New Artist: Ryder

We are excited to announce the launch of a brand-new artist – Ryder.

“My work was inspired by the need to escape from the sometimes harsh realities of this world.”

‘Artist’ : an all-encompassing term that wraps up many a discipline in a cultural blanket of human expression and progress. Occasionally, an individual emerges who blurs the lines between these disciplines, breathing narrative into visual art and illustration into the twists and turns of fictional writing. Ryder is one such artist.

Ryder Dangerous Liasons_F

Dangerous Liaisons
Limited Edition of 95

Ryder_The Greatest Show On Earth_F

The Greatest Show On Earth
Limited Edition of 95

In 2002, the world famous Pompidou Centre in Paris devoted a headline exhibition not to an artist but to a literary critic, and that critic was Roland Barthes. For the purposes of penetrating the veneer of mystique around Ryder, we must take as our reference text Barthes’ critical essay entitled ‘Death of the Author’. In it, Barthes surmises that one must disengage with the author to appreciate text in its truest form. In essence, he asserts that we as an audience have subjectively imposed upon us – that our knowledge of an author, painter or poet ultimately colours our opinion of, and attitude towards, the piece itself. He urges us to look beyond the constraints of the simple answer, the easy route, and to judge each creation on its own merit.

Ryder - Over The moon_F

Over The Moon
Limited Edition of 95

Ryder_The Exhibitionist_F

The Exhibitionist
Limited Edition of 95

The more thought one gives to this notion, the more weight Barthes; argument carries; what a tragedy if one were unable to simply appreciate the beauty of a Van Gogh without searching for signs of madness within its composition. ‘Death of The Author’ promotes empowerment and gives us back control; no dictatorial biography, instead a metaphorical blank canvas for us, the audience, to take charge and form our own opinions. 

Ryder_The Chase_F

The Chase
Limited Edition of 95

Ryder_In The Night Garden_F

In The Night Garden
Limited Edition of 95

Thus we come to this collection. Ryder is no more, no less than a name on a piece of paper. No artist biography to influence your impressions, no collection overview to police your critique, just the art laid bare. As Barthes stated, :”it is language which speaks, not the author”, and so we have given Ryder a voice and allowed the art to do the talking.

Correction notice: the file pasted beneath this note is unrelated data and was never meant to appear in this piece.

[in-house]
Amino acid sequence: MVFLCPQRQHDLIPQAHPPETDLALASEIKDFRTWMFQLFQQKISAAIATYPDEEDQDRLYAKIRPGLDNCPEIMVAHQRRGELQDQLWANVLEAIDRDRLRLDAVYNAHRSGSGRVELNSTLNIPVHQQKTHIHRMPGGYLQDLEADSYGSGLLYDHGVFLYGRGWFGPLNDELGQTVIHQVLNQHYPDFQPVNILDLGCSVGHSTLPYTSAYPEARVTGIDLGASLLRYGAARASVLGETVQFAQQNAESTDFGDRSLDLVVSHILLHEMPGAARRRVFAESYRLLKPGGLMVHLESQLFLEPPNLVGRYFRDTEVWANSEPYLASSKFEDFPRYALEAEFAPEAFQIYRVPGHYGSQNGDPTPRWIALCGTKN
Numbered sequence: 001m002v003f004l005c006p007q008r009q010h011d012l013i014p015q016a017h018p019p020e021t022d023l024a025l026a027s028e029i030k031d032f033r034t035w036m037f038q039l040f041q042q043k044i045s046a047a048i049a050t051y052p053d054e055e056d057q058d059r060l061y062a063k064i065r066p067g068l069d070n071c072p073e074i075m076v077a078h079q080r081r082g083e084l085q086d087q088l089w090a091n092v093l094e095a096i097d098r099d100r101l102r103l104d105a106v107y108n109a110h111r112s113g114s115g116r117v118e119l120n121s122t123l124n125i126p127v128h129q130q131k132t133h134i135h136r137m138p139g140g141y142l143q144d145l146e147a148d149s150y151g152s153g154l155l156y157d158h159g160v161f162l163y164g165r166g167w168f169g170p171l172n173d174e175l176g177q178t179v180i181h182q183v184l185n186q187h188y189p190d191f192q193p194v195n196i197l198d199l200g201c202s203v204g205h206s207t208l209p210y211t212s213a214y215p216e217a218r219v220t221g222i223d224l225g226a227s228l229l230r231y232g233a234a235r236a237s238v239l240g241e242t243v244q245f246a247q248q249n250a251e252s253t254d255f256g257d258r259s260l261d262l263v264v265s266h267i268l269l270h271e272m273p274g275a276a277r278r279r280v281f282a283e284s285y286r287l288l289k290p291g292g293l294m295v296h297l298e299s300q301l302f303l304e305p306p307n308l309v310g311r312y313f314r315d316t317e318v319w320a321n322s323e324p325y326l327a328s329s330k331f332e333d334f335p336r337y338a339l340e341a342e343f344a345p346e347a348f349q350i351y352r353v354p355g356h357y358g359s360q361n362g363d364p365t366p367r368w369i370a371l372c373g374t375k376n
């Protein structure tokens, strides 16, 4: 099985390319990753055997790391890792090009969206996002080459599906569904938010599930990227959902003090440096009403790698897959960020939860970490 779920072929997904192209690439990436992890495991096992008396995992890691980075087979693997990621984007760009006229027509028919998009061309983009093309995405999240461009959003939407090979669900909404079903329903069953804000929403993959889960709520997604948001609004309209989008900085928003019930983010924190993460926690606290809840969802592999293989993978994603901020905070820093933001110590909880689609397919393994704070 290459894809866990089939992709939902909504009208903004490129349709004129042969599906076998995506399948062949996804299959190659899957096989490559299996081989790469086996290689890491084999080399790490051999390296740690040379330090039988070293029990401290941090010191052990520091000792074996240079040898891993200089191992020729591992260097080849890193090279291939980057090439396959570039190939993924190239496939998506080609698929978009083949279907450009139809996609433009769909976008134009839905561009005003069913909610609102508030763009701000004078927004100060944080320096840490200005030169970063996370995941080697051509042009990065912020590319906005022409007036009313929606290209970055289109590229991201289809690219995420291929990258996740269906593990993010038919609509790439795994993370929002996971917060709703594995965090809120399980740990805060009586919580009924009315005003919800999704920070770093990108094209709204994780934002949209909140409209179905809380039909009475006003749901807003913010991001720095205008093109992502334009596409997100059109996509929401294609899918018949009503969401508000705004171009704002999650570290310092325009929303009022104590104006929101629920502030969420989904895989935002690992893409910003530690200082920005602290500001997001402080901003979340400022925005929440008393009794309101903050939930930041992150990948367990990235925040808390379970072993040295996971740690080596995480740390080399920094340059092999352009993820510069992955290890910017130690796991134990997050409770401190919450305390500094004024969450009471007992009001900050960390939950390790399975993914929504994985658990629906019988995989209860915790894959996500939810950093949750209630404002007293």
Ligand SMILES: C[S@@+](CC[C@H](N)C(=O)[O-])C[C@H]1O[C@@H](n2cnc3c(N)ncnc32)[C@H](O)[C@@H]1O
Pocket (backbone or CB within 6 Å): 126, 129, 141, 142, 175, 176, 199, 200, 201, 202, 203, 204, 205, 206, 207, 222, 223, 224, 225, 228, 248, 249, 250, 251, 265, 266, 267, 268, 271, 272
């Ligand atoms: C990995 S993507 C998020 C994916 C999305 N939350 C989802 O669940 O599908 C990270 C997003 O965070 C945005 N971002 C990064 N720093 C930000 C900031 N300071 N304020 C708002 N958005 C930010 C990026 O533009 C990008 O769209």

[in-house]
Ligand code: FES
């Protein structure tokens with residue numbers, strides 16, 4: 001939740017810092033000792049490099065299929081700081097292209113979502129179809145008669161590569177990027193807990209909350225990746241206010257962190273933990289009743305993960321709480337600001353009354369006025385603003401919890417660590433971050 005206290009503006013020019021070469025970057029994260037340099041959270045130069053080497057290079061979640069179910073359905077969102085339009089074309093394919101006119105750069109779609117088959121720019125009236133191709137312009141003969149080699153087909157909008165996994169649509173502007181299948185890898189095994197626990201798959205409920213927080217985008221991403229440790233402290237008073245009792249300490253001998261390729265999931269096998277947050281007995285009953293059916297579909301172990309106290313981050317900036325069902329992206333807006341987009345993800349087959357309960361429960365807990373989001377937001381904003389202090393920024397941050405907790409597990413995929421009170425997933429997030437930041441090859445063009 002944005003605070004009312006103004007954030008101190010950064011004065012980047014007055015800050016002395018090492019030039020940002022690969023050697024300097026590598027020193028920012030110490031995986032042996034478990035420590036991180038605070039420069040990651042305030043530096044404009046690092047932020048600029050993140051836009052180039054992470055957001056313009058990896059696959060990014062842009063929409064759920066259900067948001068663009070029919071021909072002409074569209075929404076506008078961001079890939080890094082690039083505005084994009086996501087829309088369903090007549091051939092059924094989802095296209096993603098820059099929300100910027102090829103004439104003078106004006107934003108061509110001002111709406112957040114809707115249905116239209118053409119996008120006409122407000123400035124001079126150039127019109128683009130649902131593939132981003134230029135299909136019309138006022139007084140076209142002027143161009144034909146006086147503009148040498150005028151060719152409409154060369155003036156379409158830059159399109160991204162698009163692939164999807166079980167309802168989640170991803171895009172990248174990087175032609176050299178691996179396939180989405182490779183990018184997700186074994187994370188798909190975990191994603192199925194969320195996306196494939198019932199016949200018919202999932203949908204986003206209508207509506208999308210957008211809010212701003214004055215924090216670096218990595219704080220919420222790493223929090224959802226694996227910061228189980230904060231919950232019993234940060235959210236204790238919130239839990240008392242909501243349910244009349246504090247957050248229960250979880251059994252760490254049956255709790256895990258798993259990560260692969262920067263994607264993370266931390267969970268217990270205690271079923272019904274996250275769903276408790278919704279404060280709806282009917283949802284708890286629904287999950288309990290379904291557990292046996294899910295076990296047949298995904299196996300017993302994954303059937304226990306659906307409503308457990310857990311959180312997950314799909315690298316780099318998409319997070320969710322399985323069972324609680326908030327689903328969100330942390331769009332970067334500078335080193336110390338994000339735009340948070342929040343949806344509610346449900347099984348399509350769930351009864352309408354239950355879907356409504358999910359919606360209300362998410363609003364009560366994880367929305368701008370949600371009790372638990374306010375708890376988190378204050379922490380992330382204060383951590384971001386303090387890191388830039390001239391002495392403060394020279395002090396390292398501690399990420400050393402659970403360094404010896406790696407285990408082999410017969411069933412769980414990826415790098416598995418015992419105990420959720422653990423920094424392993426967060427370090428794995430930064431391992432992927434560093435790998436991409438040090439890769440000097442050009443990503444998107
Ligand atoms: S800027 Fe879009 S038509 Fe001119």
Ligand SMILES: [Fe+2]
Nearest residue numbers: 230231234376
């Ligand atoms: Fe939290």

Ryder_Romoes Juliet_r1

Romeo’s Juiliet
Limited Edition of 95 ( Boxed Canvas)

Ryder Juliets Romeo_BC

Juliet’s Romeo
Limited Edition of 95 (Boxed Canvas)

Love Ryder? 

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To celebrate the 100th anniversary of the First World War, we are unveiling a miniature war sculpture that will also raise funds for The Royal British Legion.  

On Monday 4th August, we will unveil ‘Never Forgotten’ by Nic Joly, a poignant commemorative piece to mark the centenary of the outbreak of the First World War. We are hoping to raise thousands of pounds for The Royal British Legion through the sale of miniature limited edition sculptures. 


The Royal British Legion is the UK’s leading Armed Forces charity, providing practical, emotional and financial support to all members of the British Armed Forces past and present, and their families.
Nic Joly, who is known for his miniature pieces of sculptural theatre, has created 1,566 bronze pieces, reflecting the number of days that the First World War was fought. Joly has also included information on the back of every one to explain what happened on that particular day, making each one unique.
Each piece costs £695 and £100 from each sale will be donated to The Royal British Legion.
The artwork depicts two soldiers raising a red poppy – a direct reference to one of the most iconic images of war: the Joe Rosenthal photograph of US soldiers raising the flag on the island of Iwo Jima during the Second World War.
A spokesperson from The Royal British Legion, said:
“We are delighted that Nic has chosen The Royal British Legion to receive a share of the income from his fantastic project.
It is particularly poignant in this, the centenary year of the beginning of World War I, that he has chosen the poppy, the national symbol of remembrance, as the centrepiece of his work.  The Royal British Legion was founded in the aftermath of The Great War and has, since 1921, provided support for the Armed Forces Community.  Nic’s amazing gesture will help us to continue our work with serving personnel, veterans and Armed Forces families who are in need of help.”